A Course in Money Management Combats Financial Illiteracy
The bankruptcy reform legislation enacted in 2005 requires bankruptcy debtors to complete a personal financial management course. The debtor must file a certificate of course completion with the bankruptcy court before an order of discharge can be entered. This class averages about two hours in length and instructs the debtor on issues such as developing a budget, money management, and use of credit.
Many bankruptcy debtors initially resent this course requirement. However, most debtors report that they learn useful information and consider the course worthwhile. That is not surprising as most personal financial management studies indicate that our nation suffers from financial illiteracy. For example, a 2009 survey of 1,000 adults by the National Foundation for Credit Counseling found that:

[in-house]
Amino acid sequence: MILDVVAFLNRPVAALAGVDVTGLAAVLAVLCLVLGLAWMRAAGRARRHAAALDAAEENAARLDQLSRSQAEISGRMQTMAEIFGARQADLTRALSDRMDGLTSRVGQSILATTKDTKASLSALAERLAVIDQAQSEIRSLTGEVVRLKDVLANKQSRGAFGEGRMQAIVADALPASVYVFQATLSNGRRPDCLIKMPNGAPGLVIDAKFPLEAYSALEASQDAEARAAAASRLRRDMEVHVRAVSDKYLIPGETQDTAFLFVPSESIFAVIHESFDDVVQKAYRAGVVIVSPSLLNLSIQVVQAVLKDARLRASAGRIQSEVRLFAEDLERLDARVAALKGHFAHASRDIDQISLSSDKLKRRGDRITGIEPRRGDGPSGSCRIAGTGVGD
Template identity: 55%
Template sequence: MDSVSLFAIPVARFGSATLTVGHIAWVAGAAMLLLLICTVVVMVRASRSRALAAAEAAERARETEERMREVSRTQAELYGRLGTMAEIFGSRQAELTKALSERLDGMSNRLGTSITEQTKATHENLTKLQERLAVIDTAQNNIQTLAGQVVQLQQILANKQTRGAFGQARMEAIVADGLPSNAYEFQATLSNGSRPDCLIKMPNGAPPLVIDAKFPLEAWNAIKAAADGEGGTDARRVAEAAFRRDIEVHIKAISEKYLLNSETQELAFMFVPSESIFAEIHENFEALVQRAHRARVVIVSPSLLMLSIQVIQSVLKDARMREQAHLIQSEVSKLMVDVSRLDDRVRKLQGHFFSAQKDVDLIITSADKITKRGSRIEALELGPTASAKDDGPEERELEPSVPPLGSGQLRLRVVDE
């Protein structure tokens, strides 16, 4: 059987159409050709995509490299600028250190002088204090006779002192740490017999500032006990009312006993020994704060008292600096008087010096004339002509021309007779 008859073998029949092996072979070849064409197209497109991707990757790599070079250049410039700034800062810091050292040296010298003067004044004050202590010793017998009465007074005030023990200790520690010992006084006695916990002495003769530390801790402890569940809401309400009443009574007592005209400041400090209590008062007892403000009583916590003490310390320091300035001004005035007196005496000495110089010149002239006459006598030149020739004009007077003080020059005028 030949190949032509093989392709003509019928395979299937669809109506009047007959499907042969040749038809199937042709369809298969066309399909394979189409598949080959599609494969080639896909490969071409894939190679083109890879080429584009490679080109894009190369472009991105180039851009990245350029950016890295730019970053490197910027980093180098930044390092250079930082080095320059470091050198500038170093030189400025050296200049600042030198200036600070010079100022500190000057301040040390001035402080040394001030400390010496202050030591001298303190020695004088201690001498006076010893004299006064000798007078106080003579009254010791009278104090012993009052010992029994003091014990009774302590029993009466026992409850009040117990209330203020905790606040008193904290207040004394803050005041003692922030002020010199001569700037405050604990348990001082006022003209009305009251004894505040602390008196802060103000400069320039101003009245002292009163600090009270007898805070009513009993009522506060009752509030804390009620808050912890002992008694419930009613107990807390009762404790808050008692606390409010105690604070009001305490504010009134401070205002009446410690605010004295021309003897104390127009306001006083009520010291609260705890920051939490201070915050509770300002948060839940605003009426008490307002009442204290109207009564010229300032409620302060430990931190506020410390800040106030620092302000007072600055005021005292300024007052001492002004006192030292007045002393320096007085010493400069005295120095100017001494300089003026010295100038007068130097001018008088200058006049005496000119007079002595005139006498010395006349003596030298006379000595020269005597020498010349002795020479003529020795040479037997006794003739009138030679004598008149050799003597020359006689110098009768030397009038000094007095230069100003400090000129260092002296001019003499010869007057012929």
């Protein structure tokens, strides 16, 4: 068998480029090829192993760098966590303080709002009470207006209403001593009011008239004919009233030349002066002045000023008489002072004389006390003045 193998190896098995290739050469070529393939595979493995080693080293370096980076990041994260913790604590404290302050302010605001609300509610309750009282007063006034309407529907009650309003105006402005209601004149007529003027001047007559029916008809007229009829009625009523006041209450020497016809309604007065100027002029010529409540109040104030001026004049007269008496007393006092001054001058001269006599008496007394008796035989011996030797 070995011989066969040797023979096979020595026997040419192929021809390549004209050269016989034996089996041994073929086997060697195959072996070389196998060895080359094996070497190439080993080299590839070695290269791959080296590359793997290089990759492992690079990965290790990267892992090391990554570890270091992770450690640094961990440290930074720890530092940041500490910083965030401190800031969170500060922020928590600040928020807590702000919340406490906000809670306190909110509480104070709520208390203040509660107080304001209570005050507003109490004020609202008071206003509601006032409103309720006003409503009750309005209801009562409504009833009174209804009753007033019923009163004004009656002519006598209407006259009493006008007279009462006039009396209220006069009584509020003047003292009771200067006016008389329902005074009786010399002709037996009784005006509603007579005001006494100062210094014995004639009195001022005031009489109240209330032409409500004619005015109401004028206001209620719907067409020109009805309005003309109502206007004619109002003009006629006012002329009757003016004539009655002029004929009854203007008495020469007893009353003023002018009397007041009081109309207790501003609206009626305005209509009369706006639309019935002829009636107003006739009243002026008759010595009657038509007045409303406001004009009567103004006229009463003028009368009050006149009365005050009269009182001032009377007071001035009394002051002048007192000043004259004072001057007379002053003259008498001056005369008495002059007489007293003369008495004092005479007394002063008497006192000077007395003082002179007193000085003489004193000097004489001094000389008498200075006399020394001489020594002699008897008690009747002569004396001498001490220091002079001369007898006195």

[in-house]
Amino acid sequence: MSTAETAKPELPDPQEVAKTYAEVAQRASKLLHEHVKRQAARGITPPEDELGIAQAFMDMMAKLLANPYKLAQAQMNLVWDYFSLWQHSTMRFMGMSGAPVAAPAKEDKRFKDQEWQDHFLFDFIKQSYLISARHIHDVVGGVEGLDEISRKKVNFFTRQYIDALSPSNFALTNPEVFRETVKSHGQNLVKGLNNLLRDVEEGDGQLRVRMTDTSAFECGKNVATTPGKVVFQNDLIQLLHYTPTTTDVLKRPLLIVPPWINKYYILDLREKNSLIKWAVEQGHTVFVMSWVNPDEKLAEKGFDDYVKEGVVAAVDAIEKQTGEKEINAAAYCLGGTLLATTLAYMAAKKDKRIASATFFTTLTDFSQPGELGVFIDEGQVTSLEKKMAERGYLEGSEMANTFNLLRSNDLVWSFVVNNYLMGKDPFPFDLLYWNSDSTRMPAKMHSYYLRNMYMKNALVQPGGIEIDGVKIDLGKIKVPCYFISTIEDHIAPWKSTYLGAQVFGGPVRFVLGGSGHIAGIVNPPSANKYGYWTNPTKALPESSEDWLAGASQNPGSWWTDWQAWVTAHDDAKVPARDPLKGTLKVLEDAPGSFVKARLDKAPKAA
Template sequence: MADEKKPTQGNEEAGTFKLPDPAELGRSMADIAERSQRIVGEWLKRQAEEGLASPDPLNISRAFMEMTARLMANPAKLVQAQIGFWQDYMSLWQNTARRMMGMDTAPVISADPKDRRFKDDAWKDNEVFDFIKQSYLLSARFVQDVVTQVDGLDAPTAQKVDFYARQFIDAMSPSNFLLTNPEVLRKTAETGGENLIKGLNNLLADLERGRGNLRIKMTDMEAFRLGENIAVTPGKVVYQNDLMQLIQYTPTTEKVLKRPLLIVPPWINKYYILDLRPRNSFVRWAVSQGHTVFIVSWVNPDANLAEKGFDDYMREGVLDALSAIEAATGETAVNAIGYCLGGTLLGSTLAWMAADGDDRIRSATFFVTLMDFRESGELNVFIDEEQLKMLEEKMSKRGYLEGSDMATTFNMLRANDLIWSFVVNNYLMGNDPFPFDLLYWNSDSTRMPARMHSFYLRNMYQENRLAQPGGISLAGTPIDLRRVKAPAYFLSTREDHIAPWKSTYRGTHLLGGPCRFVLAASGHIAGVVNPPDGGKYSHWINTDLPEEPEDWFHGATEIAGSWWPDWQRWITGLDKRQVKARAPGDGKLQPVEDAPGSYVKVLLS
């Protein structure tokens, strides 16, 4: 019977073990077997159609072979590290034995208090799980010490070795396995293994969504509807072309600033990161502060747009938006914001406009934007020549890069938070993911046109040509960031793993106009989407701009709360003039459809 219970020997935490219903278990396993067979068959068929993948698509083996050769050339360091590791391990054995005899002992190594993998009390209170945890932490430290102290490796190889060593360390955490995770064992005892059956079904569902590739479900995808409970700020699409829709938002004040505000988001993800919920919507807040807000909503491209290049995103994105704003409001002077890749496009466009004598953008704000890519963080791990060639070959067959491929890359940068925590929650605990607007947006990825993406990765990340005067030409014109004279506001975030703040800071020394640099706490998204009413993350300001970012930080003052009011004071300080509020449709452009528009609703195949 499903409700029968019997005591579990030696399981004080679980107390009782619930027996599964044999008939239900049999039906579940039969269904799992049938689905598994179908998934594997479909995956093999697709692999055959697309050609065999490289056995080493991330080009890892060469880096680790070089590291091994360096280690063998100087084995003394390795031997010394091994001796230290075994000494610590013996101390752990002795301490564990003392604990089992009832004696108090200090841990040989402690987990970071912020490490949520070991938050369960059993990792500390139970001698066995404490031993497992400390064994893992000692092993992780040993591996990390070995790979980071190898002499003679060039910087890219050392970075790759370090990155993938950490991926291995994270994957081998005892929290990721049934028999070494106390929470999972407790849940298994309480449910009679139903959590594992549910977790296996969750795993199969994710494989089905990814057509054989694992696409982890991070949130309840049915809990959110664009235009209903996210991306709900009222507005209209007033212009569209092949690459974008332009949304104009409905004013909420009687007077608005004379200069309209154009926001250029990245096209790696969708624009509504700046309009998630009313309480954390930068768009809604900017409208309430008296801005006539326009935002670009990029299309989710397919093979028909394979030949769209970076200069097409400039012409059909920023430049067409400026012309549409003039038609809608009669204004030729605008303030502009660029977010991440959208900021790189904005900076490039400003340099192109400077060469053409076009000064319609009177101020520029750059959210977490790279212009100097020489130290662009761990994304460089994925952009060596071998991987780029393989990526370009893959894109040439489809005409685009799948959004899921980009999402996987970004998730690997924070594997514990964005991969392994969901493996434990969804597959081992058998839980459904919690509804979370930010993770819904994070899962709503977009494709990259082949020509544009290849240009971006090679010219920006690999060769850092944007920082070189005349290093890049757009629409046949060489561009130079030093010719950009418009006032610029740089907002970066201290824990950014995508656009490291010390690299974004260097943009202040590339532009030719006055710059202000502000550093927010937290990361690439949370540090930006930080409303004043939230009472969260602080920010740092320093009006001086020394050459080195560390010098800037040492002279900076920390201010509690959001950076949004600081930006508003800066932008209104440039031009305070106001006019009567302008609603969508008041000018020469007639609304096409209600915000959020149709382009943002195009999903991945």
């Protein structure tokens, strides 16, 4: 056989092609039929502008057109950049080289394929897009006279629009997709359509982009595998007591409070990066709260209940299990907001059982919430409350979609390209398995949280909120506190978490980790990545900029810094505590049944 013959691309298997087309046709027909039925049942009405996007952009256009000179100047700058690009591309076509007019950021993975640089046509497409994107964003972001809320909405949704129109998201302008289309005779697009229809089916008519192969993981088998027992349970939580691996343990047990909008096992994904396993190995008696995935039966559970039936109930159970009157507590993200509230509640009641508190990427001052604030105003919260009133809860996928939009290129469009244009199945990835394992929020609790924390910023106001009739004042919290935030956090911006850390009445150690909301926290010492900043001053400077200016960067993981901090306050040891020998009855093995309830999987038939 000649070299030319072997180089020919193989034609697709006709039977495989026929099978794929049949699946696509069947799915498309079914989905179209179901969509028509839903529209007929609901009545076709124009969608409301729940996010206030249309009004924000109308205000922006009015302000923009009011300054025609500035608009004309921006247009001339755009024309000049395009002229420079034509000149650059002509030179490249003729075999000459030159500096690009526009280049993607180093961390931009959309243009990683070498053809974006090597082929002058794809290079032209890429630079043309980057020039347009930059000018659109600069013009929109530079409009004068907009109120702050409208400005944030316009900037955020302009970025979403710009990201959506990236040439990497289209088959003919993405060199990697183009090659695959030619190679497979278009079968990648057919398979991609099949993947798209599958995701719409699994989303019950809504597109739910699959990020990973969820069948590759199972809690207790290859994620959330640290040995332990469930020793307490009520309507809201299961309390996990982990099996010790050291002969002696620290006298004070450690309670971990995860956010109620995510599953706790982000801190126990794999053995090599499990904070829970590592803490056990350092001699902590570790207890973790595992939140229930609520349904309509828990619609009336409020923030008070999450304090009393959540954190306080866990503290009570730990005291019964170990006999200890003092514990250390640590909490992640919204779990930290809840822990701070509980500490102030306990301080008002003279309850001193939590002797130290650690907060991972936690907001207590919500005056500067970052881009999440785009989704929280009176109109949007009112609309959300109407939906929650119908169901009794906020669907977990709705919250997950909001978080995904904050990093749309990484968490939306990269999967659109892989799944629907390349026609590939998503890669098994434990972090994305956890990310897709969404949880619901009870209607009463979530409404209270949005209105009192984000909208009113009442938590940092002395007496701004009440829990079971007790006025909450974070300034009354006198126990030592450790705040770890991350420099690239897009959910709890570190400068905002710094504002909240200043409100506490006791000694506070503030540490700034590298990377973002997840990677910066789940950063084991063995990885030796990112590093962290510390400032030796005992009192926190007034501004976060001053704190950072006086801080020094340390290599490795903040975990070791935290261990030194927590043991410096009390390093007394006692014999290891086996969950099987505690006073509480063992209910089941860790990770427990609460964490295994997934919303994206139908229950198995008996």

- 41 percent graded themselves C, D, or F on their knowledge of personal finance;
- 42 percent surveyed kept close track of their spending;
- 64 percent have not ordered a copy of their free credit report in the past year;
- 33 percent do not contribute towards their retirement
Financial illiteracy can be a major contributor to personal financial failure. Some debtors have become overwhelmed by debt because they lack the tools for effectively managing their personal finances. The Personal Financial Management Course required by the bankruptcy laws is an opportunity for debtors to learn some basic management techniques. The aim is to educate the debtor to adopt a more disciplined and deliberate approach in managing household finances.
The opportunity for a fresh start after bankruptcy means much more when you have a plan for your future financial success. If you are struggling with debt, speak to an experienced bankruptcy attorney and make the choice to get control over your personal finances.